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Open Access Case report

Atypical or typical adrenocorticotropic hormone-producing pulmonary carcinoids and the usefulness of 11C-5-hydroxytryptophan positron emission tomography: two case reports

Jeanette Wahlberg12 and Bertil Ekman12*

Author Affiliations

1 Section of Endocrinology, Department of Medicine and Health Sciences, Faculty of Health, Sciences, Linköping University, Linköping, Sweden

2 Department of Endocrinology, County Council of Östergötland, Linköping, Sweden

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Journal of Medical Case Reports 2013, 7:80  doi:10.1186/1752-1947-7-80


The electronic version of this article is the complete one and can be found online at: http://www.jmedicalcasereports.com/content/7/1/80


Received:29 December 2012
Accepted:10 February 2013
Published:19 March 2013

© 2013 Wahlberg and Ekman; licensee BioMed Central Ltd.

This is an Open Access article distributed under the terms of the Creative Commons Attribution License (http://creativecommons.org/licenses/by/2.0), which permits unrestricted use, distribution, and reproduction in any medium, provided the original work is properly cited.

Abstract

Introduction

Pulmonary carcinoids associated with ectopic adrenocorticotropic hormone secretion have a good prognosis if histological examination shows typical pulmonary carcinoid and low proliferation, whereas a poor outcome is linked to atypical pulmonary carcinoid and high proliferation. Here we describe the diagnostic challenges to find the tumor in Cushing’s syndrome secondary to ectopic adrenocorticotropic hormone secretion in two cases with an atypical and a typical pulmonary carcinoid, respectively.

Case presentation

A 63-year-old Caucasian woman presented with aggressive clinical features related to Cushing’s syndrome, having very high levels of urinary cortisol and circulating adrenocorticotropic hormone and cortisol. Magnetic resonance imaging showed no pituitary tumor, and bilateral inferior petrosal sinus sampling revealed no central peripheral ratio of adrenocorticotropic hormone. Computed tomography and 111Indium-pentetreoide somatostatin receptor scintigraphy could not visualize any ectopic tumor. The patient was referred for an 11C-5-hydroxytryptophan positron emission tomography, and a small 8mm nodule in her left lung was found. The tumor was removed via a lateral thoracic incision and wedge excision. The histological examination showed an atypical carcinoid with Ki-67 index of 9 to 10%, and an additional lobectomy was performed.

The second patient, a 22-year-old Caucasian man, also presented with aggressive Cushing’s syndrome, with very high urinary cortisol levels and increased circulating cortisol as well as adrenocorticotropic hormone levels. A magnetic resonance imaging scan of the pituitary showed no tumor, whereas a 12×9×14mm tumor was detected in the right lung on the primary computed tomography scan and no further investigation was performed. The tumor was removed via a lateral thoracic incision and wedge excision. A typical carcinoid with Ki-67 index of 1 to 2% was found and no further surgery was performed.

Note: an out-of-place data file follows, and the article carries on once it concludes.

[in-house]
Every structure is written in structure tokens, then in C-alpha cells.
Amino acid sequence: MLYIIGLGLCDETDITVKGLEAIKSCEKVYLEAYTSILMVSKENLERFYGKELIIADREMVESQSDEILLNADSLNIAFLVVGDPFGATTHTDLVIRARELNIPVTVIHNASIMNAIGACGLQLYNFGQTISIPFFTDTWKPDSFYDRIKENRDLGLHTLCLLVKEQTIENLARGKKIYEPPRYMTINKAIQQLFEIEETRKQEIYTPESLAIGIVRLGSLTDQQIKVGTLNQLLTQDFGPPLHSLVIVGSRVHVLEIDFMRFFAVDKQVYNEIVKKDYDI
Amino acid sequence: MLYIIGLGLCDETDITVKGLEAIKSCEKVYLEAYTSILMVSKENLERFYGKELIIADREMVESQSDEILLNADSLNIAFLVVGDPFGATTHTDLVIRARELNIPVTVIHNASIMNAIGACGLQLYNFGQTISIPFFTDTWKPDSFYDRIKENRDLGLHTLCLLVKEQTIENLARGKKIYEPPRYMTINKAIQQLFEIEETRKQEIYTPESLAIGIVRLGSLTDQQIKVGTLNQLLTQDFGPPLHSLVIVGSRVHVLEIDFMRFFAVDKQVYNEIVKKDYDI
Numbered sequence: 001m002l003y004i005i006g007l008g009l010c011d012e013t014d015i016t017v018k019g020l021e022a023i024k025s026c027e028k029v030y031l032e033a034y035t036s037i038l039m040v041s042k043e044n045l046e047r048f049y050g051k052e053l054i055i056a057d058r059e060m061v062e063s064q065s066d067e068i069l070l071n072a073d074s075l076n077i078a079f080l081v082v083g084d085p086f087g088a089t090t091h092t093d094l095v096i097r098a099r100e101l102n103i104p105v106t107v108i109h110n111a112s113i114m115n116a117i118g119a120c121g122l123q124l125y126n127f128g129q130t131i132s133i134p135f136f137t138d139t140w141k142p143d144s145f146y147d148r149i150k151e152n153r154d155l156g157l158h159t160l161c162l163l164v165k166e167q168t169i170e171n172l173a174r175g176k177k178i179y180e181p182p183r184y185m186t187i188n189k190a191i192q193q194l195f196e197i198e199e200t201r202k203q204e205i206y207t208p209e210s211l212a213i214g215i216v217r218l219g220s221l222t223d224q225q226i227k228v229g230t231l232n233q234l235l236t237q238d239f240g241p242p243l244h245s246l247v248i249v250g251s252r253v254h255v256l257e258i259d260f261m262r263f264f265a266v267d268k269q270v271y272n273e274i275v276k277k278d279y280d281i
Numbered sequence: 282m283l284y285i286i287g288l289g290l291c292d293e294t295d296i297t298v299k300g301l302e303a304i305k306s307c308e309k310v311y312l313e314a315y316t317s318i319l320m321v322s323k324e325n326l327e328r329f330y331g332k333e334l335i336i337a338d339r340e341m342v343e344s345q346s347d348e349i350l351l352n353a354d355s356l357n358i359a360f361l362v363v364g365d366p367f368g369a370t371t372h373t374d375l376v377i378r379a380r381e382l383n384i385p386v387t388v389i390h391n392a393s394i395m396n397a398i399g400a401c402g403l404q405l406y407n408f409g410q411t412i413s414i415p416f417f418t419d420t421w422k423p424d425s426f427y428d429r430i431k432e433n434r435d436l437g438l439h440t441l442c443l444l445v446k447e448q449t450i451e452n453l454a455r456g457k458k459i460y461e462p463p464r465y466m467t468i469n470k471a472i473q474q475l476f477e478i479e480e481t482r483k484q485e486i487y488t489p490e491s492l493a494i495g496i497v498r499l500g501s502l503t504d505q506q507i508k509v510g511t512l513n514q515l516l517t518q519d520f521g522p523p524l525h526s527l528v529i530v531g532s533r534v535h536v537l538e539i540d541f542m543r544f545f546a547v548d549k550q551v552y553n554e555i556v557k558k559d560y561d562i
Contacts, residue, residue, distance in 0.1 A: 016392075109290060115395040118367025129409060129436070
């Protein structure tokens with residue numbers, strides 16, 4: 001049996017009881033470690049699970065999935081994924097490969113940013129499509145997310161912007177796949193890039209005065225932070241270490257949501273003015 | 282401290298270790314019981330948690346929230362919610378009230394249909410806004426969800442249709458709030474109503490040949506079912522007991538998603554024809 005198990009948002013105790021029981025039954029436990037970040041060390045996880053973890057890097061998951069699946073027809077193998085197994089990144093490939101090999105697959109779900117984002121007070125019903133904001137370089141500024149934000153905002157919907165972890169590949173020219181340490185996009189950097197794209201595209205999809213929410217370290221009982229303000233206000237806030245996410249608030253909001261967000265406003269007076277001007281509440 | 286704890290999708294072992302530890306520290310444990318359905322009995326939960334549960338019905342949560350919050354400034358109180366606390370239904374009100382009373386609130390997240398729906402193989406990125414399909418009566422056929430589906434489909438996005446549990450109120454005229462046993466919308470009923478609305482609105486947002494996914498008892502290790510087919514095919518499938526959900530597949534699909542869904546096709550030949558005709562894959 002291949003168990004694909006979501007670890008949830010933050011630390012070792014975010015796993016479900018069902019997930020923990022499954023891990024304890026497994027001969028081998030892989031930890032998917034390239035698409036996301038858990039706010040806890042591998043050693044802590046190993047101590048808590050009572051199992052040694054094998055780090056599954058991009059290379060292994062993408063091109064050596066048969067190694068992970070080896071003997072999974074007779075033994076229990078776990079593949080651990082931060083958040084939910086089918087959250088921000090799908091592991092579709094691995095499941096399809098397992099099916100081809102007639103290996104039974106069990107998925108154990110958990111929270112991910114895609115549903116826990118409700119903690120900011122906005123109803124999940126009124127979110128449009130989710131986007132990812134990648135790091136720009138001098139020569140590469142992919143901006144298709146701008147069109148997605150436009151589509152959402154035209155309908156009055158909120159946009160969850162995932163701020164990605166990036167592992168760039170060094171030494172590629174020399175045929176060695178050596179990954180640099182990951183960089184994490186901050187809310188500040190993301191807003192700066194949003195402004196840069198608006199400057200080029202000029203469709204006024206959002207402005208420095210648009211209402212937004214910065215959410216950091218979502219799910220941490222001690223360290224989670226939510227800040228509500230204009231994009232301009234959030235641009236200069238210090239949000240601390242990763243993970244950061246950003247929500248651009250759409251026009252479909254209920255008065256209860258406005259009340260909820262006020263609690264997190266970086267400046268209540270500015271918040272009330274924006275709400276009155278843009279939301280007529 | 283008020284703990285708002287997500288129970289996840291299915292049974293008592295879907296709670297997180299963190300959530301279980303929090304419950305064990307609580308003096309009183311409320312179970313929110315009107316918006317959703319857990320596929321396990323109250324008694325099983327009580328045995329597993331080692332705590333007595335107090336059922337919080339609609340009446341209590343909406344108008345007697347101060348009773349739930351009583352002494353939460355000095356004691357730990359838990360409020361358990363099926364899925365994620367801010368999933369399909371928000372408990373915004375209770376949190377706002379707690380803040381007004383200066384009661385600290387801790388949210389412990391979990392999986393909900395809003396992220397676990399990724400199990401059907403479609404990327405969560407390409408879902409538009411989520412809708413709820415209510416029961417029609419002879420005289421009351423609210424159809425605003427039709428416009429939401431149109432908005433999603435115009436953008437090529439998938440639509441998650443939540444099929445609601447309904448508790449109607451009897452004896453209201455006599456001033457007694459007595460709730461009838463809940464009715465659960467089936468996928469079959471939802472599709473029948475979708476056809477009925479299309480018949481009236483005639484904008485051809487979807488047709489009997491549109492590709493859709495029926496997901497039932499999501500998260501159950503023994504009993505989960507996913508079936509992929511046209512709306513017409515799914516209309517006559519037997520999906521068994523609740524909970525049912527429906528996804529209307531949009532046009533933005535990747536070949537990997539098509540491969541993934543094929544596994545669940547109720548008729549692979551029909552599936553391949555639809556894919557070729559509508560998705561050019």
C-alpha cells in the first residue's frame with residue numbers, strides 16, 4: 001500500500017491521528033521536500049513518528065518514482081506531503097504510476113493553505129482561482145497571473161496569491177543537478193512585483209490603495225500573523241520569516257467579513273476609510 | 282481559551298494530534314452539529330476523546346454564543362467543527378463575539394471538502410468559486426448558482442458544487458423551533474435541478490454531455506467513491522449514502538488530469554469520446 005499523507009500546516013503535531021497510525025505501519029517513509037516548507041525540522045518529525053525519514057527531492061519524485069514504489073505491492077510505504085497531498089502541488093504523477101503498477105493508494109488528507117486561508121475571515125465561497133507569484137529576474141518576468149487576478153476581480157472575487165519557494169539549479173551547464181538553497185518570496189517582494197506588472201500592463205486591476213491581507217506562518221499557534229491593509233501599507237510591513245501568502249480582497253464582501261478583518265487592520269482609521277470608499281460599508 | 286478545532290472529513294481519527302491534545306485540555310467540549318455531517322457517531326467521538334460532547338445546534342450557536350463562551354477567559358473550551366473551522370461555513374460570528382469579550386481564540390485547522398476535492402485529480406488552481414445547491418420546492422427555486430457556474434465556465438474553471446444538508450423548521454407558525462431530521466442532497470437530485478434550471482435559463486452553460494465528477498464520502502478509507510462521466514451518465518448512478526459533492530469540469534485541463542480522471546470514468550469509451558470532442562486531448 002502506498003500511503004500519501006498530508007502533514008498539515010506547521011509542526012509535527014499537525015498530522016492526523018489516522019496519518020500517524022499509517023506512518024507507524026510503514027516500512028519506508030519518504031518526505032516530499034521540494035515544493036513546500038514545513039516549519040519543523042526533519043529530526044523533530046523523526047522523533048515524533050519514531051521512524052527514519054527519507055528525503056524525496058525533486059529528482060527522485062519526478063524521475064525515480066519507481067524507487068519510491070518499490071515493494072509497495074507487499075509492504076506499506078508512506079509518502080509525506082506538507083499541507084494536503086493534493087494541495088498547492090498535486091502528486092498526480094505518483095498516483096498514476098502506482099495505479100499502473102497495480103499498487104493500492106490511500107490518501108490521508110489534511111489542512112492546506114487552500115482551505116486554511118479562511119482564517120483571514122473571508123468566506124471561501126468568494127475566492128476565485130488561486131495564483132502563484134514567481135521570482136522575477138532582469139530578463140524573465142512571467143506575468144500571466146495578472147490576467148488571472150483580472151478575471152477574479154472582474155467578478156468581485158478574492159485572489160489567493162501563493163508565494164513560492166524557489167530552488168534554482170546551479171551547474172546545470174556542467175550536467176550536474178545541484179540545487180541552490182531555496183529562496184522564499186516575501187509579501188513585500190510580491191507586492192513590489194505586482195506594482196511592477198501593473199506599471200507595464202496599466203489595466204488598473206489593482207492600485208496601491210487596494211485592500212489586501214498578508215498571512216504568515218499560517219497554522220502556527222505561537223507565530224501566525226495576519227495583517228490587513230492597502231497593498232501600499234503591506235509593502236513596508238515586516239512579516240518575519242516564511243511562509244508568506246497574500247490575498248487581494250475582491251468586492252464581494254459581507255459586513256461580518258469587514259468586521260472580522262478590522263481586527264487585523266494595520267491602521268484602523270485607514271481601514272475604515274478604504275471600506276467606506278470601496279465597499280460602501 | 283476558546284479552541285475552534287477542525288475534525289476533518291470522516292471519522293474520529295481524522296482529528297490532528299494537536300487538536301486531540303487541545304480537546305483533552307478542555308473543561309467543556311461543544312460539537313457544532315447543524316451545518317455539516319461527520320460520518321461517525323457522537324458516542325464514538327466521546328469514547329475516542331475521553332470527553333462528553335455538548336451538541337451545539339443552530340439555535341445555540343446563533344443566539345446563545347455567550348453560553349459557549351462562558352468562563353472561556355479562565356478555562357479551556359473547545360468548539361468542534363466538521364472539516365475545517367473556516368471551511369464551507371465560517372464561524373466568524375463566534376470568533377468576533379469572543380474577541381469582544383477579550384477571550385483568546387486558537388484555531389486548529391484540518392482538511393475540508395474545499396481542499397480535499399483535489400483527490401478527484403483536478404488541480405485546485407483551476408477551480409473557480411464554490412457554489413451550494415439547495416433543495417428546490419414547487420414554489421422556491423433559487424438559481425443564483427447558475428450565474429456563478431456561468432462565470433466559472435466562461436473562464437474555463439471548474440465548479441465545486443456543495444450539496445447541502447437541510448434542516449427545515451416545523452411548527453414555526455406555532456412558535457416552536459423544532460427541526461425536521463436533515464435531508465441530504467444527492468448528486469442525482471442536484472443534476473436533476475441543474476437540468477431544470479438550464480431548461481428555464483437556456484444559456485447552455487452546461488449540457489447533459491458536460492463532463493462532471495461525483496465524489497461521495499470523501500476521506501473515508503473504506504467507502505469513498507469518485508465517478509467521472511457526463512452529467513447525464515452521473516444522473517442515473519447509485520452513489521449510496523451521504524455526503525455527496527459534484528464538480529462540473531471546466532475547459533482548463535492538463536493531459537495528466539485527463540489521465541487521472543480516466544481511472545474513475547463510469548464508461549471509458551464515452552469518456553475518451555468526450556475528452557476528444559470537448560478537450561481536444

After surgical removal, the biochemical disturbances resolved and significant clinical improvement were achieved in both patients after 24 months of follow up.

Conclusions

Diagnostic evaluation time is limited due to the aggressive course in ectopic adrenocorticotropic hormone-dependent Cushing’s syndrome. We suggest that 11C-5-hydroxytryptophan positron emission tomography could be considered early as a secondary diagnostic tool when primary computed tomography and/or magnetic resonance imaging scans fail to show any tumor.

Keywords:
ACTH; ACTH syndrome; Cortisol; Cushing’s syndrome; Ectopic; Pulmonary carcinoid

Introduction

Neuroendocrine tumors found in the thymus, thyroid, lungs, adrenals, gastrointestinal tracts and pancreas have been associated with ectopic adrenocorticotropic hormone (ACTH)- dependent Cushing’s syndrome (CS), with small cell lung carcinoma and pulmonary carcinoids accounting for the most cases [1-4]. In cases with a small cell carcinoma in the lung the radiological visualization of a tumor mass is in general obvious, whereas in ACTH-producing pulmonary carcinoids localization of the tumor could be unsuccessful using modalities like computed tomography (CT) and magnetic resonance imaging (MRI) of the patient's chest and abdomen [5]. Other techniques used to detect ectopic ACTH-secreting tumors with various results are somatostatin receptor scintigraphy (SRS) using 111indium-pentetreotide (111In-pentetreotide-SRS) [6] or technetium-99m-labeled octreotide acetate (Tc-99m-SRS) [7]. Pacak et al. found that fluorodeoxyglucose positron emission tomography (FDG-PET) did not detect ectopic ACTH-secreting tumors that were occult on CT and MRI [8], whereas 11C-5-hydroxytryptophan-PET (11C-5-HTP-PET) has been shown to visualize more and smaller lesions including pulmonary carcinoids compared with CT and SRS [5,9].